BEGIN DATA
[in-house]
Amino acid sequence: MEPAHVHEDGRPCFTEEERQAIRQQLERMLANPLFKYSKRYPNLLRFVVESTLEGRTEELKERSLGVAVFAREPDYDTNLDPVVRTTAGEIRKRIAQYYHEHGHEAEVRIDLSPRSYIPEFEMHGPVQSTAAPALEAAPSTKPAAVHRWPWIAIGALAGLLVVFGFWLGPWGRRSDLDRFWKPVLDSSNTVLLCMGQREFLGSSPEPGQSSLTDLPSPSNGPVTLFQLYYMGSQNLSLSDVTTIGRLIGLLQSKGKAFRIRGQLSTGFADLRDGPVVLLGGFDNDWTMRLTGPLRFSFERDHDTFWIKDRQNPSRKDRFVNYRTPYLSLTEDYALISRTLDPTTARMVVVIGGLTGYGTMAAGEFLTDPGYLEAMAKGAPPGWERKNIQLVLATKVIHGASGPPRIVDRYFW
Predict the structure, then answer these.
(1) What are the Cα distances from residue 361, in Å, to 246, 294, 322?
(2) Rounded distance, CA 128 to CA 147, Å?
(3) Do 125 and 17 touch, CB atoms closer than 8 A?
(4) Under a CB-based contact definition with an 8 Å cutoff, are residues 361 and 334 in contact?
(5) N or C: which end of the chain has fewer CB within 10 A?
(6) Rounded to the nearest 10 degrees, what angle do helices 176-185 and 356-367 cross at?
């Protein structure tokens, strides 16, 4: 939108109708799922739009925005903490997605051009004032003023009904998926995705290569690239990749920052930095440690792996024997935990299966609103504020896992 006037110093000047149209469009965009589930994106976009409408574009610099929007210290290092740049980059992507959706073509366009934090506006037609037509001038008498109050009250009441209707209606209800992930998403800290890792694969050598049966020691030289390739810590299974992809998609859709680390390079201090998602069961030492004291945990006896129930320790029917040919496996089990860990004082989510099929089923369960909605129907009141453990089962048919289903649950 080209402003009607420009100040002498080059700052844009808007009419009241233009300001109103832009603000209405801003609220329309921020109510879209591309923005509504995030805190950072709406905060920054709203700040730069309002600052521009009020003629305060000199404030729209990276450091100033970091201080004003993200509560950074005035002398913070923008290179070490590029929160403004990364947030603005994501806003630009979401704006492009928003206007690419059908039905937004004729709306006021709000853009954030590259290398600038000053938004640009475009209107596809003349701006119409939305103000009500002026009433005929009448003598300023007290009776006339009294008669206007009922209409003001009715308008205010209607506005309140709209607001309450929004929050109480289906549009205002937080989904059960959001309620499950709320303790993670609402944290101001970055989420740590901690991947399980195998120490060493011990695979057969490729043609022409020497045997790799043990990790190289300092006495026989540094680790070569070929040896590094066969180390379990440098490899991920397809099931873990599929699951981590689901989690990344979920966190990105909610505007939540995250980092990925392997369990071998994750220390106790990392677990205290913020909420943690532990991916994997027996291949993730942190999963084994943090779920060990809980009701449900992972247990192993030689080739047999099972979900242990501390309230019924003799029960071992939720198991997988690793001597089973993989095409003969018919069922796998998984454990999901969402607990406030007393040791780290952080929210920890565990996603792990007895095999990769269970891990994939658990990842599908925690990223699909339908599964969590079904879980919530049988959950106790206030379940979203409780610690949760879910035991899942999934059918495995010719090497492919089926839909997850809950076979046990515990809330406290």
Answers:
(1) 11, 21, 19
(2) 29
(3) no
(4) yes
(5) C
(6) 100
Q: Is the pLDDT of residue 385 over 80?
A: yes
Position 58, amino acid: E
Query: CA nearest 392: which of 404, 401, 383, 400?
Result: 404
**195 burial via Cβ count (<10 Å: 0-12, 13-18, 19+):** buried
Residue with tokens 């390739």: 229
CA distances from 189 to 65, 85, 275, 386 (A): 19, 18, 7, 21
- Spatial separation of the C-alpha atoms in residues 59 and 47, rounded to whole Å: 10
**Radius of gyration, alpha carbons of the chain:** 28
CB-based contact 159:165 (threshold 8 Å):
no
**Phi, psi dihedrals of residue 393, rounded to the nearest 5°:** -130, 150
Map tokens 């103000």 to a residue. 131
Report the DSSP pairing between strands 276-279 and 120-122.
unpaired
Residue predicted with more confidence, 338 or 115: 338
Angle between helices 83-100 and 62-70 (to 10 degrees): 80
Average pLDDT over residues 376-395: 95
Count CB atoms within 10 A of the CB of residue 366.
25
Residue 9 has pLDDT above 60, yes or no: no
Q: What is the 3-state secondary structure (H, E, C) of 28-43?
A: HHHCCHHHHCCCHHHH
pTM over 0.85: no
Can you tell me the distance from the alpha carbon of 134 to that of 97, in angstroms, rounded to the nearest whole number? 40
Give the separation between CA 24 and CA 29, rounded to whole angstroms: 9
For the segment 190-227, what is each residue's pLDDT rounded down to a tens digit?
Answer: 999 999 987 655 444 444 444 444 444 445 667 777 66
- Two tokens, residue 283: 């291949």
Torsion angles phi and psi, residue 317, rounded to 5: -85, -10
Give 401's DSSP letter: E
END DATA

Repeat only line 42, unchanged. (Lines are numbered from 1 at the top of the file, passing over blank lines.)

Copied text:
pTM over 0.85: no